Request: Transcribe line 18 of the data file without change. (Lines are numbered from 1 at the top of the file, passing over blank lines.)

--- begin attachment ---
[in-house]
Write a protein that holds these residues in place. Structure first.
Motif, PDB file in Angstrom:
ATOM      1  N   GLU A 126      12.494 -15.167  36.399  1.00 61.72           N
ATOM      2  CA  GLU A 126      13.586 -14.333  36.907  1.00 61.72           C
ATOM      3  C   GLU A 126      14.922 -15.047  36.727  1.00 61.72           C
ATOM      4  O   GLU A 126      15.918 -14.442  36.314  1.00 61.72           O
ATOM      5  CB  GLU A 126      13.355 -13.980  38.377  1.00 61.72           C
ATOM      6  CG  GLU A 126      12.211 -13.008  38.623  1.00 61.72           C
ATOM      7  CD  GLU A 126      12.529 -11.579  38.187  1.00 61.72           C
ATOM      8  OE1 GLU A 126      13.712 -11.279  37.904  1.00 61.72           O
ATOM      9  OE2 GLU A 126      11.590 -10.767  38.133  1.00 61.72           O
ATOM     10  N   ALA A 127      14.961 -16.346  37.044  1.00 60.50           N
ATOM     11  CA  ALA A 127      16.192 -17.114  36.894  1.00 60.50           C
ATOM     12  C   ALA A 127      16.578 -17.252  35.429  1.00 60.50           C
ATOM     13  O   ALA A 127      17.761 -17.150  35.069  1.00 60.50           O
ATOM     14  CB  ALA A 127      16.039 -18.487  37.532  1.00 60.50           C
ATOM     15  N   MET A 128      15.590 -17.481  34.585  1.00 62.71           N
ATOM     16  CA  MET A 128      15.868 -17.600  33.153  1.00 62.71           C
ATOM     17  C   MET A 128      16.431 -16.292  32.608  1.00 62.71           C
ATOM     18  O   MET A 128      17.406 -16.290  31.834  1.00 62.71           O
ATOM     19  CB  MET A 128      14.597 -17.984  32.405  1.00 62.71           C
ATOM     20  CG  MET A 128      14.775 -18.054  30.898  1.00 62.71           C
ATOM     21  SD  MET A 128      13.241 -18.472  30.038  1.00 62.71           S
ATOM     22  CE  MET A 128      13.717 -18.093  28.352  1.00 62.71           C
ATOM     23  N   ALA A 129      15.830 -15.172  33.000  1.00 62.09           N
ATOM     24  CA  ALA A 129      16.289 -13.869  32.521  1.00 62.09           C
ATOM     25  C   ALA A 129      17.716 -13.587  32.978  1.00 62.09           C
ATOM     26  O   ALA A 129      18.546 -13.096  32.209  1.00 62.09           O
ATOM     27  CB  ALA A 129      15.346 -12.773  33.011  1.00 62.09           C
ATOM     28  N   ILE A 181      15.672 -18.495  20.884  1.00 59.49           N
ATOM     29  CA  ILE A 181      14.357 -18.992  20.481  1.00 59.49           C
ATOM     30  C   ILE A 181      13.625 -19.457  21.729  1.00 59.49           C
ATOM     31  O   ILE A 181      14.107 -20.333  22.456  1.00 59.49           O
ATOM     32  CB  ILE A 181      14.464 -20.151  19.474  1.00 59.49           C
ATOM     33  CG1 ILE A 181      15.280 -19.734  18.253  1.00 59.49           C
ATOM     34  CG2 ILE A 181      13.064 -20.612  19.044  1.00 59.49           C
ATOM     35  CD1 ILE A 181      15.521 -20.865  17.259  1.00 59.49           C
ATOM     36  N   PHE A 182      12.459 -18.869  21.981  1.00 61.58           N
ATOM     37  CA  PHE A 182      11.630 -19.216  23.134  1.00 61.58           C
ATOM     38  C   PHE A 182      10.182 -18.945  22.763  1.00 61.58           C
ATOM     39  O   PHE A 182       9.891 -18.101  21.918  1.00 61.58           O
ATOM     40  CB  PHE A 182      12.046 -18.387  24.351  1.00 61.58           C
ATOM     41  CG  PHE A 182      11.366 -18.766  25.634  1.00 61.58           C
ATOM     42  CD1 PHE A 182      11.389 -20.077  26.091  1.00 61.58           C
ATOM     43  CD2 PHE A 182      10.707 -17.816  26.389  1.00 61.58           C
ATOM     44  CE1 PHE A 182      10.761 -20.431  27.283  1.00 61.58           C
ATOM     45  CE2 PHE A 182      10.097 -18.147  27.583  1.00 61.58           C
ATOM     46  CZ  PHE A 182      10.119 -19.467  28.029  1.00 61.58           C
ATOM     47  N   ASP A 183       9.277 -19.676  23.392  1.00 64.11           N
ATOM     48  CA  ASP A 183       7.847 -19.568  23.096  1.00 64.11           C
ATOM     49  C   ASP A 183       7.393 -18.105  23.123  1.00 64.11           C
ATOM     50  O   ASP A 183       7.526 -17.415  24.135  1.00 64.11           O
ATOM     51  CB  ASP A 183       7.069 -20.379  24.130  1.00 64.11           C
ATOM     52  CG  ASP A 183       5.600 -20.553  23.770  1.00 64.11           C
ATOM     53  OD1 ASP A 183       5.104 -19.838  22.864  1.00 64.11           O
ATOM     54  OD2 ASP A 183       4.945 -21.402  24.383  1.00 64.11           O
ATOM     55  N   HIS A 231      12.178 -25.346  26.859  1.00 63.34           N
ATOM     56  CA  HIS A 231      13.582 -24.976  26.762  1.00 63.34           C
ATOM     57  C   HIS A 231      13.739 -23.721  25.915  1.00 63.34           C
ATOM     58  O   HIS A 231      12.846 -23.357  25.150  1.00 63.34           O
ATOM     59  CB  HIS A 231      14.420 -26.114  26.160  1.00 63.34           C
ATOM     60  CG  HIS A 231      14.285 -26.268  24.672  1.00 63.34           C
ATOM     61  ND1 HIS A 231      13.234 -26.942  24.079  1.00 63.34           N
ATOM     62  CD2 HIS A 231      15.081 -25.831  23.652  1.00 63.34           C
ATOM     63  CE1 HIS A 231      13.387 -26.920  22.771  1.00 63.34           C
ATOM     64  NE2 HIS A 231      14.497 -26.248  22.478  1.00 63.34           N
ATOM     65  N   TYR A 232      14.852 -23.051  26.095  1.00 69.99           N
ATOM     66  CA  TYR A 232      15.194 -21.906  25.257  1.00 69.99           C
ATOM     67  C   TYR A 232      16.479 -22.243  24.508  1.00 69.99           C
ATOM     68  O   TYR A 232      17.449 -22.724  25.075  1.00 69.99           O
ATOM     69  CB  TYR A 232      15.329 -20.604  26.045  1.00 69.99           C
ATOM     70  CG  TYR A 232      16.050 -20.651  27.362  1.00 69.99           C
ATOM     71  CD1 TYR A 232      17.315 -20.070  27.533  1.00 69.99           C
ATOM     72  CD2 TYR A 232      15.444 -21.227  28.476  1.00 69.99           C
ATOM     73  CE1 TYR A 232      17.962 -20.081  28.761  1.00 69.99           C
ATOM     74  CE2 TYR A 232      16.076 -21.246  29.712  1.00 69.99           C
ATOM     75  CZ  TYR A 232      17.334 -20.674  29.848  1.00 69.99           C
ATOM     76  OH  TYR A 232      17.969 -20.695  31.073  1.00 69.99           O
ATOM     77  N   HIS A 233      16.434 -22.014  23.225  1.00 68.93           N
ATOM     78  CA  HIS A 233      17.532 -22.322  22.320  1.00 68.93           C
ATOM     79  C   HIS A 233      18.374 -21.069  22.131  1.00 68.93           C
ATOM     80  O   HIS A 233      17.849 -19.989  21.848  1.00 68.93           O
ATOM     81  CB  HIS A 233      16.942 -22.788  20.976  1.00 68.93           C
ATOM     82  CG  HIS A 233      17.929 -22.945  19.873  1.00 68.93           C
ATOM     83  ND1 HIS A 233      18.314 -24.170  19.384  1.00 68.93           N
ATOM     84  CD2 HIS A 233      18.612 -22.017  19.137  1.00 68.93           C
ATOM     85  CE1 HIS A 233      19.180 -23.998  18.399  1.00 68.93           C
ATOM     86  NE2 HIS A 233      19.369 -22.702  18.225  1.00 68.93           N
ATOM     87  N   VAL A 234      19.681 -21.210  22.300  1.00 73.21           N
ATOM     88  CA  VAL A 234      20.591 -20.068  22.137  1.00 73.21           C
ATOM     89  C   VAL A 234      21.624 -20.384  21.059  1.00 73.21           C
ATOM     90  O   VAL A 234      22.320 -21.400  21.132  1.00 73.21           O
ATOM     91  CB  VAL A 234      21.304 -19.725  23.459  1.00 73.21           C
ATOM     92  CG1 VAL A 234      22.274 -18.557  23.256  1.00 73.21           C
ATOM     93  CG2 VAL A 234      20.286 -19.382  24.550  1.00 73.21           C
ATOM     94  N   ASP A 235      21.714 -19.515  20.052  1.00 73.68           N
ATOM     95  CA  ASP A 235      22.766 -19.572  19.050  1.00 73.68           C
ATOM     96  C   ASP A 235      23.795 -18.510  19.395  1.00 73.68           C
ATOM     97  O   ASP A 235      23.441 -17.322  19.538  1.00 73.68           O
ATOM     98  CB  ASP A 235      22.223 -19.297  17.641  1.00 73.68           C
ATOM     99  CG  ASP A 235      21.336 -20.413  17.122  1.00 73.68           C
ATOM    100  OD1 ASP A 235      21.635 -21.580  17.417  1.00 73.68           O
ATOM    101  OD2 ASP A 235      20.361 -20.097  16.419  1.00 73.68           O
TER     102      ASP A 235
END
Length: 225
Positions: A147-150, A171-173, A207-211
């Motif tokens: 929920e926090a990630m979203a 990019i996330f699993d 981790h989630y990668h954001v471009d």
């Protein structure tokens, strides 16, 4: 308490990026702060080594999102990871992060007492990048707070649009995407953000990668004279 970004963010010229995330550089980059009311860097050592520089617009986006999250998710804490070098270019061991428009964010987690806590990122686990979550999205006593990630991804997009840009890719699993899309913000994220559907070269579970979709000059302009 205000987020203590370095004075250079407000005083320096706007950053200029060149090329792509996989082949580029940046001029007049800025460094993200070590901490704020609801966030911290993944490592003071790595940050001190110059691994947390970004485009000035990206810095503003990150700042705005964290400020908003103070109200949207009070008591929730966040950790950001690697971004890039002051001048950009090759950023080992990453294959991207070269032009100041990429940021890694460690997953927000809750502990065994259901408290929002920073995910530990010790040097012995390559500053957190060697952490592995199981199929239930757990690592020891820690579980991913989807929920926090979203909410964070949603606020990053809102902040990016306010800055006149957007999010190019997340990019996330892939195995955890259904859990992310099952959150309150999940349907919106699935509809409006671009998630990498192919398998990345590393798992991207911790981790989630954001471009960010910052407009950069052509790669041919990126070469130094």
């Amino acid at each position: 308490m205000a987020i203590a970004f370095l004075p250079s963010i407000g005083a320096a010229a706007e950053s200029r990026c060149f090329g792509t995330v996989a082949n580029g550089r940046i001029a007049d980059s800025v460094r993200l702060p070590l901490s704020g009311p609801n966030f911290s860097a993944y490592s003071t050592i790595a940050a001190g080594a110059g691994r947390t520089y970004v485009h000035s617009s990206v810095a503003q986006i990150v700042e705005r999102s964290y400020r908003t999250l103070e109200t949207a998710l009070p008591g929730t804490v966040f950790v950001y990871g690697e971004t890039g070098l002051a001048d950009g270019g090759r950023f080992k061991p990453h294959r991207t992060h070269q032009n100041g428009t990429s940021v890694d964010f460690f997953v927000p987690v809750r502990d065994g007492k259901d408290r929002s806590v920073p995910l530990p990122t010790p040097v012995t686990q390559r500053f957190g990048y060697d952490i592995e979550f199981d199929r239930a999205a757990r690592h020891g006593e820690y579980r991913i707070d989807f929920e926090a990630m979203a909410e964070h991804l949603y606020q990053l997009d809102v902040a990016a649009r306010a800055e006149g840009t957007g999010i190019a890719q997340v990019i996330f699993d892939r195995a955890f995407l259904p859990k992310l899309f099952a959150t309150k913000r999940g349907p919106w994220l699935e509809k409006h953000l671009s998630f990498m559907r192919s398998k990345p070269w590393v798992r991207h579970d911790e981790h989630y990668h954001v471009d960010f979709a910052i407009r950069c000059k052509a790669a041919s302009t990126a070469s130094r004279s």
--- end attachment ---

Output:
ATOM     15  N   MET A 128      15.590 -17.481  34.585  1.00 62.71           N